Over the years, I’ve consistently referred to Wal-Mart as The Beast of Bentonville because of its conduct at every level. Beastly. And, now, it’s topping even the despicable low standards it set to date. To the families of more than 1,200 people killed, and many more injured, who are seeking a bit of compensation money, the Beast of Bentonville is raising its corporate middle finger and saying “get fucked”.
One year after the Tazreen factory fire in Bangladesh, many retailers that sold garments produced there or inside the Rana Plaza building that collapsed last spring are refusing to join an effort to compensate the families of the more than 1,200 workers who died in those disasters. The International Labor Organization is working with Bangladeshi officials, labor groups and several retailers to create ambitious compensation funds to assist not just the families of the dead, but also more than 1,800 workers who were injured, some of them still hospitalized.
A handful of retailers — led by Primark, an Anglo-Irish company, and C&A, a Dutch-German company — are deeply involved in getting long-term compensation funds off the ground, one for Rana Plaza’s victims and one for the victims of the Tazreen fire, which killed 112 workers last Nov. 24
.Though corporations should not be praised, in my opinion, for paying out money to people whose deaths they were complicit in, the dodging of responsibility is not corporate wide:
Paul Lister, Primark’s general counsel, said that from the day Rana Plaza collapsed, his company recognized its responsibility. Primark, which says it has already spent more than $3.2 million for aid to the victims, first provided several weeks’ emergency food assistance to 1,300 families, then short-term financial aid and now it is working to develop a compensation fund to help victims for years, even decades.“We knew we were having clothes made in Rana Plaza — we announced that on the first day,” Mr. Lister said about the April 24 building collapse, which killed 1,129 workers. “When you know where your clothes are made, then you take responsibility for the results of where your clothes are being made. We have said very clearly that we would work to support the workers — and the families of the workers — in our supply chain.”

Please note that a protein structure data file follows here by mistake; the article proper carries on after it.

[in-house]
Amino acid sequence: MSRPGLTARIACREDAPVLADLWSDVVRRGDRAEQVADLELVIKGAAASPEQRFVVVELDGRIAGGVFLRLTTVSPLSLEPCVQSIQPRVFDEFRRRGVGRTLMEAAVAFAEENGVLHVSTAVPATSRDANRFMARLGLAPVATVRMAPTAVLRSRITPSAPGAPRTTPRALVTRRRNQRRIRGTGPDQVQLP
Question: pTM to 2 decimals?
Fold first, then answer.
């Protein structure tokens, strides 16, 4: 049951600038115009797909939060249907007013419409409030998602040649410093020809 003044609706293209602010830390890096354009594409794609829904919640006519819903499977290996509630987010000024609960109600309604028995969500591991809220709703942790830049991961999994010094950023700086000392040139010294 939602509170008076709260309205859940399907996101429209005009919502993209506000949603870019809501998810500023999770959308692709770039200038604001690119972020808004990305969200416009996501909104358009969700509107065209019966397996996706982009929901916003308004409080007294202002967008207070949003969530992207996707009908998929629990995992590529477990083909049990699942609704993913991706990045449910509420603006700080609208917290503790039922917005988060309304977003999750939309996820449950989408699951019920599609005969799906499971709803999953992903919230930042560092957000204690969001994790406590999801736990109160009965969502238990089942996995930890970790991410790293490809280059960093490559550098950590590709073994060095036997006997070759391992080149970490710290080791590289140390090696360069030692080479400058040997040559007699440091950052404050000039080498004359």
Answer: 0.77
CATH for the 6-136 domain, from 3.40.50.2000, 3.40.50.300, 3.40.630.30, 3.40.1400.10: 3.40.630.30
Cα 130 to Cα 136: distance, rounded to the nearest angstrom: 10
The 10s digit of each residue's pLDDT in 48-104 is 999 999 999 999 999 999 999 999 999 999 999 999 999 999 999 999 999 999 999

Not Wal-Mart, even though it had a huge portion of the work:
Even as labor advocates single out Primark for praise, they single out Walmart for criticism — partly because production documents recovered after the Tazreen fire indicate that two months before that fire erupted, 55 percent of the factory’s production was being made for Walmart contractors. Walmart has repeatedly been asked to contribute to the anticipated $6 million compensation program for Tazreen survivors and families.“Walmart is the one company that is showing an astonishing lack of responsibility, considering that so much of their product was being made at the Tazreen factory,” said Samantha Maher, a campaign coordinator for the British arm of the Clean Clothes Campaign, a European anti-sweatshop group.
No one should really be shocked.
This gang at Bentonville is just the bottom of the pond.
It’s a company that practices bribery.
It would not sign on to this safety code in Bangladesh
And, as it relates to this story, way back in 2005, I wrote about how Alice Walton was buying a painting for $35 million while people who made her rich were living without healthcare.
The dead in Bangladesh simply lined Alice and her siblings with millions more — and they just don’t give a fuck about the carnage in Rana or far away places as long as the profits flow.